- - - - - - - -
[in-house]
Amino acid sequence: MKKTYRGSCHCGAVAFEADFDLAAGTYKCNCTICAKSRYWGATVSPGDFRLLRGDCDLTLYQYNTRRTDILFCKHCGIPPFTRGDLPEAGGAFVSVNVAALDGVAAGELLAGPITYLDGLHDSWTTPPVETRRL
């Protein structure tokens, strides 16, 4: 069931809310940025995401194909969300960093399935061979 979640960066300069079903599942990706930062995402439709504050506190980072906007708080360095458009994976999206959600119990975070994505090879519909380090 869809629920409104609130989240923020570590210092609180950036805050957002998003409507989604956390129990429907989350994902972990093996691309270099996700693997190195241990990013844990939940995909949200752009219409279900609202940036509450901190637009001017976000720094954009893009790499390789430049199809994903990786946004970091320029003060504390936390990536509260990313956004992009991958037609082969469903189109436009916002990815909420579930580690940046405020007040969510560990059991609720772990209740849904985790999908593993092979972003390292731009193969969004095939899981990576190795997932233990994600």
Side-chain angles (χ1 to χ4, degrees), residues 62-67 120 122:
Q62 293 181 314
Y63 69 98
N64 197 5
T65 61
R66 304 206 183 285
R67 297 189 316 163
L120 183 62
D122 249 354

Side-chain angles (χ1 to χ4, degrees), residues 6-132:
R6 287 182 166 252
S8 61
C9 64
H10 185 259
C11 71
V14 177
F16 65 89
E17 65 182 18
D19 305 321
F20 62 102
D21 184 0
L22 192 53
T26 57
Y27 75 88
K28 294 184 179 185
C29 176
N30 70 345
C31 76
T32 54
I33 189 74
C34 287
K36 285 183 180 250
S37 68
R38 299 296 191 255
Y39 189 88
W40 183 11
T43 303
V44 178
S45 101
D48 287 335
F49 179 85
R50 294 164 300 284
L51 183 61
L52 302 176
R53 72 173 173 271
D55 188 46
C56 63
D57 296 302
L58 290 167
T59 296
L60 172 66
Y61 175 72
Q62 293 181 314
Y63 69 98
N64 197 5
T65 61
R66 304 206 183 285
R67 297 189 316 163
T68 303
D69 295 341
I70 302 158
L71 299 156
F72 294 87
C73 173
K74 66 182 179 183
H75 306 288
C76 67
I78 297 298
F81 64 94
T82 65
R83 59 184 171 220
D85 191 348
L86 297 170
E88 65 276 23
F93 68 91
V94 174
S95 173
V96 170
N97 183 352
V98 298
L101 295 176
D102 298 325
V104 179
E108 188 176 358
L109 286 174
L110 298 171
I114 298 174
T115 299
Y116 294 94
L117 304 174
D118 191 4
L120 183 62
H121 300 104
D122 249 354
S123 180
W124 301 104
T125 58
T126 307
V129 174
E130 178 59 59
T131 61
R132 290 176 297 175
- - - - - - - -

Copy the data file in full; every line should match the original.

[in-house]
Amino acid sequence: MKKTYRGSCHCGAVAFEADFDLAAGTYKCNCTICAKSRYWGATVSPGDFRLLRGDCDLTLYQYNTRRTDILFCKHCGIPPFTRGDLPEAGGAFVSVNVAALDGVAAGELLAGPITYLDGLHDSWTTPPVETRRL
């Protein structure tokens, strides 16, 4: 069931809310940025995401194909969300960093399935061979 979640960066300069079903599942990706930062995402439709504050506190980072906007708080360095458009994976999206959600119990975070994505090879519909380090 869809629920409104609130989240923020570590210092609180950036805050957002998003409507989604956390129990429907989350994902972990093996691309270099996700693997190195241990990013844990939940995909949200752009219409279900609202940036509450901190637009001017976000720094954009893009790499390789430049199809994903990786946004970091320029003060504390936390990536509260990313956004992009991958037609082969469903189109436009916002990815909420579930580690940046405020007040969510560990059991609720772990209740849904985790999908593993092979972003390292731009193969969004095939899981990576190795997932233990994600």
Side-chain angles (χ1 to χ4, degrees), residues 62-67 120 122:
Q62 293 181 314
Y63 69 98
N64 197 5
T65 61
R66 304 206 183 285
R67 297 189 316 163
L120 183 62
D122 249 354

Side-chain angles (χ1 to χ4, degrees), residues 6-132:
R6 287 182 166 252
S8 61
C9 64
H10 185 259
C11 71
V14 177
F16 65 89
E17 65 182 18
D19 305 321
F20 62 102
D21 184 0
L22 192 53
T26 57
Y27 75 88
K28 294 184 179 185
C29 176
N30 70 345
C31 76
T32 54
I33 189 74
C34 287
K36 285 183 180 250
S37 68
R38 299 296 191 255
Y39 189 88
W40 183 11
T43 303
V44 178
S45 101
D48 287 335
F49 179 85
R50 294 164 300 284
L51 183 61
L52 302 176
R53 72 173 173 271
D55 188 46
C56 63
D57 296 302
L58 290 167
T59 296
L60 172 66
Y61 175 72
Q62 293 181 314
Y63 69 98
N64 197 5
T65 61
R66 304 206 183 285
R67 297 189 316 163
T68 303
D69 295 341
I70 302 158
L71 299 156
F72 294 87
C73 173
K74 66 182 179 183
H75 306 288
C76 67
I78 297 298
F81 64 94
T82 65
R83 59 184 171 220
D85 191 348
L86 297 170
E88 65 276 23
F93 68 91
V94 174
S95 173
V96 170
N97 183 352
V98 298
L101 295 176
D102 298 325
V104 179
E108 188 176 358
L109 286 174
L110 298 171
I114 298 174
T115 299
Y116 294 94
L117 304 174
D118 191 4
L120 183 62
H121 300 104
D122 249 354
S123 180
W124 301 104
T125 58
T126 307
V129 174
E130 178 59 59
T131 61
R132 290 176 297 175